Menard wins a round in tax court
The U.S. Tax Court in Washington, D.C., has ruled that John Menard, owner of Menard’s home improvement chain, still owes the federal government $5.7 million in back taxes — minus approximately $200,000.
According to the Associated Press and other news outlets, U.S. Tax Court Judge Paige Marvel reduced Menard’s tax burden by modifying one of her earlier court rulings in the executive’s long-running battle with the Internal Revenue Service.
In 2005, the IRS prevailed in its claim that Menard had been paid too high a salary in 1998, when he made $20.6 million as the company’s CEO. At the time, Judge Marvel ruled that only $7 million of that money should count as salary. She arrived at that figure by comparing Menard’s salary to that of the chief executives of Home Depot and Lowe’s, the number one and two home improvement retailers. Menard’s is the third largest retailer in the home channel.
The balance of $20.6 million was considered a dividend, which is not deductible like salaries and other business expenses. This makes Menard subject to an additional $5.9 million in back taxes plus penalties. Since then, Menard’s attorneys have argued that he and his company should get credit for a Medicare tax paid on salaries, and Judge Marvel agreed. After some adjustments, she cut Menard’s tax burden by $200,000 in a Feb. 21 ruling.
But Menard’s battle with the IRS is far from over. The founder of the Menards chain of more than 209 Midwestern stores still has to settle tax cases for five other years involving the same issues. Much depends on the resolution of the 1998 case, which can be appealed through the federal tax court system.
In 2007, Forbes magazine named John Menard as the 44th richest person in the United States, with assets estimated at $7.3 billion.
Sales down 5.6 percent at Trex in fourth quarter
Winchester, Va.-based Trex, manufacturer and distributor of decking, railing, fencing and trim products, reported a net loss of $40.1 million for the fourth quarter compared with a loss of $13.8 million for the same quarter in 2006. Net sales for the quarter were $30.3 million, down 5.6 percent from $32.1 million from the same quarter in 2006.
For the year, the company reported a net loss of $75.9 million, compared to net income of $2.3 million in 2006. In sales for the full year, the company reported $328.9 million, down 2.3 percent from $336.9 million in 2006.
“We are extremely disappointed with 2007 financial results, which were burdened with charges stemming from poor control over manufacturing operations, quality and fixed asset management,” said president and CEO Ronald Kaplan, who joined the company as chief executive on Jan. 7. The company recently cut salaried work force by approximately 30 people, according to Trex.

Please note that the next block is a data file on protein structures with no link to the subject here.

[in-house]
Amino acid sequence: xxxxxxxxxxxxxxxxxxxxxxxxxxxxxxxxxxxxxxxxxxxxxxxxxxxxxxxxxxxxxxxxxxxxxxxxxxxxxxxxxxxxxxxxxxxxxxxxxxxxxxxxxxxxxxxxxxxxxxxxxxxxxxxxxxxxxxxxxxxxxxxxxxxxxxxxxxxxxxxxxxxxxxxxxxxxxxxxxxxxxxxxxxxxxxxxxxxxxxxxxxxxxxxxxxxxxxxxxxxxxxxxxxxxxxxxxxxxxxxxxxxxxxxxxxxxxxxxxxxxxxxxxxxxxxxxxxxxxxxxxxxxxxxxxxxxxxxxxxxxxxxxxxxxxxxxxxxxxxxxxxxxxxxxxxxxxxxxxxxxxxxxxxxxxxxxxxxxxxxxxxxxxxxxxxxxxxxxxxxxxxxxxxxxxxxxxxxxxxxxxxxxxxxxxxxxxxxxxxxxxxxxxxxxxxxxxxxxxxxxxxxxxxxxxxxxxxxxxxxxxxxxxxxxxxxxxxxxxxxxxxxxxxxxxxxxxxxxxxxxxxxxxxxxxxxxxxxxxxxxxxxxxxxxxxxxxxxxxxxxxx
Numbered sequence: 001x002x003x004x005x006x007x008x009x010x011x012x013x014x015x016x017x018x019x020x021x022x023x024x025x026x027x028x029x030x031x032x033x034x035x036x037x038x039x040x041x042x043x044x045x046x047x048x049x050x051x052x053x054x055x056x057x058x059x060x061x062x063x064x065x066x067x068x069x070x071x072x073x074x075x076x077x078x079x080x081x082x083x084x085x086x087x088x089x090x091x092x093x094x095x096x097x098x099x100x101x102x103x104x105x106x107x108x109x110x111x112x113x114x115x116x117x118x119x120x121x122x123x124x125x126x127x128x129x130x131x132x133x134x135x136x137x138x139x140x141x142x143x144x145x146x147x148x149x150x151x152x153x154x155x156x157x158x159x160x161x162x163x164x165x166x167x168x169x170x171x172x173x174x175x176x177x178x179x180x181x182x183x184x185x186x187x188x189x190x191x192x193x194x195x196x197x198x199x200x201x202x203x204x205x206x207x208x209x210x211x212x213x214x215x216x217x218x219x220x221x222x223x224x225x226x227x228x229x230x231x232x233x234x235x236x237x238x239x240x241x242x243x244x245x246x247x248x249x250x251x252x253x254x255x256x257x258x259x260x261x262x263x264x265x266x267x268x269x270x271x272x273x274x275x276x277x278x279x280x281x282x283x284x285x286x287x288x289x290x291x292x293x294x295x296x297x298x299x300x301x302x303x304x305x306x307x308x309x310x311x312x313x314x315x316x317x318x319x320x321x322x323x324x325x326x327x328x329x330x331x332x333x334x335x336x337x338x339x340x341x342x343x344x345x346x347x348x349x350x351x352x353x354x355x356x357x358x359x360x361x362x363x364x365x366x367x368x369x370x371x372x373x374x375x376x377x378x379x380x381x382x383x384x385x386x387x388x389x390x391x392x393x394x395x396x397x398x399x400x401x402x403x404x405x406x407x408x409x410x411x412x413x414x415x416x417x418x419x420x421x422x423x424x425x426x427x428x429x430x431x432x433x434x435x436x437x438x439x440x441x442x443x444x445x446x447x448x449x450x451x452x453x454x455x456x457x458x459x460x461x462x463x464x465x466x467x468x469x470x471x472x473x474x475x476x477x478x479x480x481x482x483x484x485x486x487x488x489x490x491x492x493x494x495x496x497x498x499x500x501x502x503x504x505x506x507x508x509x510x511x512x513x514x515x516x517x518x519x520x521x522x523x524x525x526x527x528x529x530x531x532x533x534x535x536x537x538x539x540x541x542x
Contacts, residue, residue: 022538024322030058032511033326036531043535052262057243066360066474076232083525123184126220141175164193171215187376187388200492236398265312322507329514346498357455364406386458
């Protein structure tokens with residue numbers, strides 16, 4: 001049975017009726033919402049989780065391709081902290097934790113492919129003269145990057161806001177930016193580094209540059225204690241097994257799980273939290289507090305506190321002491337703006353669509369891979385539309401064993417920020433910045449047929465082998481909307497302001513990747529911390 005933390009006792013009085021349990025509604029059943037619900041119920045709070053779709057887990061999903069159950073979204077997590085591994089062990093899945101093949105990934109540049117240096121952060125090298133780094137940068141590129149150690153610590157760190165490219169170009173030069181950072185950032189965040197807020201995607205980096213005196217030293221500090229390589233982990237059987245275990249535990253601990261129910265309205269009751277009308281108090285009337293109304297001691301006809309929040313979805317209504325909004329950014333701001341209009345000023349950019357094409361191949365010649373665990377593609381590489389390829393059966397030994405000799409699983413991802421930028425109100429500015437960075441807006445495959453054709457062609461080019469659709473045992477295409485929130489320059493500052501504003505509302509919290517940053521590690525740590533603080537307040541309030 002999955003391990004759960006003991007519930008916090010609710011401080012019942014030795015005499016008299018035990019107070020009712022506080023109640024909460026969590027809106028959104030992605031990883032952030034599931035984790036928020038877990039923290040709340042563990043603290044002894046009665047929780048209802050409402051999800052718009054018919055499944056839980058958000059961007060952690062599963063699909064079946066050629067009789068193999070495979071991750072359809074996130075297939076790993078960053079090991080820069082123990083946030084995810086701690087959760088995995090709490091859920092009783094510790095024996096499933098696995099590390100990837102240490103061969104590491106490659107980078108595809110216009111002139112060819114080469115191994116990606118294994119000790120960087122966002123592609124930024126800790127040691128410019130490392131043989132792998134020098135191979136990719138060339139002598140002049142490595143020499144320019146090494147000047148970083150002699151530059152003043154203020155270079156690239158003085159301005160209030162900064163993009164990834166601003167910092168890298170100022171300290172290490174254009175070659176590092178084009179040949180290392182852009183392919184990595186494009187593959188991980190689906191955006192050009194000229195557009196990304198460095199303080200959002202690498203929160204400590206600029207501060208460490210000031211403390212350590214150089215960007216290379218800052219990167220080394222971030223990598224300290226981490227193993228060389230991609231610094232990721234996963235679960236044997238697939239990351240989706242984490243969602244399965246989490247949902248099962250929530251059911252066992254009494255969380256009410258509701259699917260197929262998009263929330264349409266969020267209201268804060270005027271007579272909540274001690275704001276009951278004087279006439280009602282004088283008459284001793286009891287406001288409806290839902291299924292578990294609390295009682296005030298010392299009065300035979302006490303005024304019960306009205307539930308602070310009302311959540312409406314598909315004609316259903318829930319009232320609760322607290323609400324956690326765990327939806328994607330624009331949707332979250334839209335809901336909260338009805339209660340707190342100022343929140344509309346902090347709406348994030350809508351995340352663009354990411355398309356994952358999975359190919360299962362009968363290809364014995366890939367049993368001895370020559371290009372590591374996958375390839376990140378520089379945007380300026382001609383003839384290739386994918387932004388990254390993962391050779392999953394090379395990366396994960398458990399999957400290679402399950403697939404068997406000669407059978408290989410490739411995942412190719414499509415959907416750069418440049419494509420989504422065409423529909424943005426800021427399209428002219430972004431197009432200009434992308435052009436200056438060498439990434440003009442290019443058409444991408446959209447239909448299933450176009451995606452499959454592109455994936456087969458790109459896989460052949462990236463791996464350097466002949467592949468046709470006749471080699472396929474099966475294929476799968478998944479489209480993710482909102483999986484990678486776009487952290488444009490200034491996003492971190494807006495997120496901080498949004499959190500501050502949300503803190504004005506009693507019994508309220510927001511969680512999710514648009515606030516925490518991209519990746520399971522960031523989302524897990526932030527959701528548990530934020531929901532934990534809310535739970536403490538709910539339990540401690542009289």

“Nevertheless, Trex’s steady sales illustrate our success in improving product quality, the strength of the Trex brand and the expansion of our distribution network,” he added. “We are pleased with the company’s sales performance considering the soft market conditions and overall downturn in the building materials industry.”
Lumberyard sues city over boardwalk project
With the sluggish housing market making headlines, even some lumberyards cashing in on the commercial sector can’t catch a break.
According to (New York) Newsday, a Baltimore lumber company has sued the beachside city of Ocean City, N.J., for $1.2 million for canceling a huge order of tropical rainforest wood for a seaside boardwalk project.
Louis J. Grasmick Lumber filed the suit in U.S. District Court, according to the article, against the city for allegedly refusing to pay for the wood even though some of the wood already has been installed on the boardwalk.
Environmental groups, including “Friends of the Rainforest,” also have protested the project, saying the city had pledged “never to use tropical hardwoods on its boardwalk again.” The city’s mayor’s office received more than 50,000 e-mails urging the local government to cancel the contract on environmental grounds, according to the newspaper.
The city did not cite the environmental complaints for terminating the contract, but rather “lengthy delays in delivery” and “uncertainty” as to when the wood would arrive.
The lumberyard said the delays were due to factors beyond its control, including supplier shipping delays and an accident in which a company truck overturned.